Five economists explain their work through everyday ideas, events and objects
Scam avoidance illuminates Sandeep Baliga’s work in policy and management.
Using game theory and the theory of incentives, Kellogg School of Management professor Sandeep Baliga blends economics and political science in his research. Baliga, who grew up in England, says his interest in both fields was piqued early by Margaret Thatcher and sustained by great research, most notably by economist Thomas Shelling. Since September 11, 2001, Baliga has deepened his work in international relations, an area he believes can benefit from economists’ rigorous models. Baliga applies these models to complex issues of international significance, such as the strategic logic of terrorism, conflict reduction and arms proliferation.
Jeff Ely is a microeconomic theorist whose work focuses in large part on game theory. Ely has explored topics such as the foundations of game theory, the entertainment value of suspense, the evolution of preferences, and torture. He is co-director of the Center for Economic Theory and curates a blog called Cheap Talk with fellow Northwestern professor Sandeep Baliga. Together, Ely and Baliga created Purple Pricing, an innovative auction method that Northwestern University has used to sell football and basketball tickets.
Energy economist Mar Reguant’s research spans such topics as electricity and environmental markets, energy auctions, and cap-and-trade regulations. Since joining Northwestern’s faculty in 2015, Reguant has taught courses on the economics of energy and data methods to analyze markets. Last fall, she presented new research on energy efficiency programs, which showed that bringing such programs to schools yields significant savings. The recent recipient of a Sloan Research Fellowship, Reguant is now researching the impact of wind on electricity markets.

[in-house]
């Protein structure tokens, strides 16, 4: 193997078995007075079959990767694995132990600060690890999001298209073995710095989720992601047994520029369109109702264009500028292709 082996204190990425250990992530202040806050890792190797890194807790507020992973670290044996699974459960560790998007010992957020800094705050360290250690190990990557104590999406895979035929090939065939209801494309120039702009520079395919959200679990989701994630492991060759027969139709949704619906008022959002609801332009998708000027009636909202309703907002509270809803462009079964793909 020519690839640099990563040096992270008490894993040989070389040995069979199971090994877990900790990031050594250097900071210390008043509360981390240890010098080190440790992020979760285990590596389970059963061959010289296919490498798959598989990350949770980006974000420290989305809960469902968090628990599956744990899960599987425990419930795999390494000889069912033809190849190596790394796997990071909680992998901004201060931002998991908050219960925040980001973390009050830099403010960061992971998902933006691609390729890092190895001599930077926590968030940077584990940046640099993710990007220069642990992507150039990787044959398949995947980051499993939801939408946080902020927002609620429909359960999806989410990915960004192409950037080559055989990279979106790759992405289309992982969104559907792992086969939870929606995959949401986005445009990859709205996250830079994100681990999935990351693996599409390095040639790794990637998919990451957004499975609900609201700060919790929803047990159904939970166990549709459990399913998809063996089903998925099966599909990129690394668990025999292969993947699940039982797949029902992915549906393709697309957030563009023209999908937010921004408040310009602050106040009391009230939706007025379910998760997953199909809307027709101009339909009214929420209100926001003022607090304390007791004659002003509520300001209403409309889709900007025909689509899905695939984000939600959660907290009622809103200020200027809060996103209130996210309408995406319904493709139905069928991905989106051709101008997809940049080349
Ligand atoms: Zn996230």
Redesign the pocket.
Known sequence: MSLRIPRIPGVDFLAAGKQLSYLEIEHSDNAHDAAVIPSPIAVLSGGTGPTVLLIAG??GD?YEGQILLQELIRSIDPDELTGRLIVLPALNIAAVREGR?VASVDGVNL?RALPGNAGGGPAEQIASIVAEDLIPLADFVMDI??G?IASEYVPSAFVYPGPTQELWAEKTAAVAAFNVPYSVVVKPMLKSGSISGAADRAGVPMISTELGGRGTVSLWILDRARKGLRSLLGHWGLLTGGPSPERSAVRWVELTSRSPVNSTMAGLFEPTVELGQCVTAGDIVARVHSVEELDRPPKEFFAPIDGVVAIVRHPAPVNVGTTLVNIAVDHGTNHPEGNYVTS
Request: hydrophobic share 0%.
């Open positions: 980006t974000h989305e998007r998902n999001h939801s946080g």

Health and labor economist Matt Notowidigdo says his career has been motivated by policy questions he views as very important to society. Notowidigdo’s most recent work is focused on lesser-studied benefits of health insurance (benefits to hospitals or health care systems, for example) and the economic impact of unexpected health costs, like a visit to the emergency room. He has also explored how long-term unemployment affects hiring decisions, and he will soon start research investigating why some people who qualify for food stamps do not enroll in the program.
“A lot of my work is trying to figure out what policies are going to alleviate poverty in developing countries,” Northwestern economics professor Lori Beaman says. Her research looks at how gender, cultural studies, technology, and even psychology impact economic structures in developing countries. Much of Beaman’s work has been focused on African nations (she says travel is a key perk of development economics). Most recently, Beaman has been examining the role of social networks in conservation agriculture, technology adoption and even hiring decisions.
Published: March 23, 2017. Updated: January 29, 2019.
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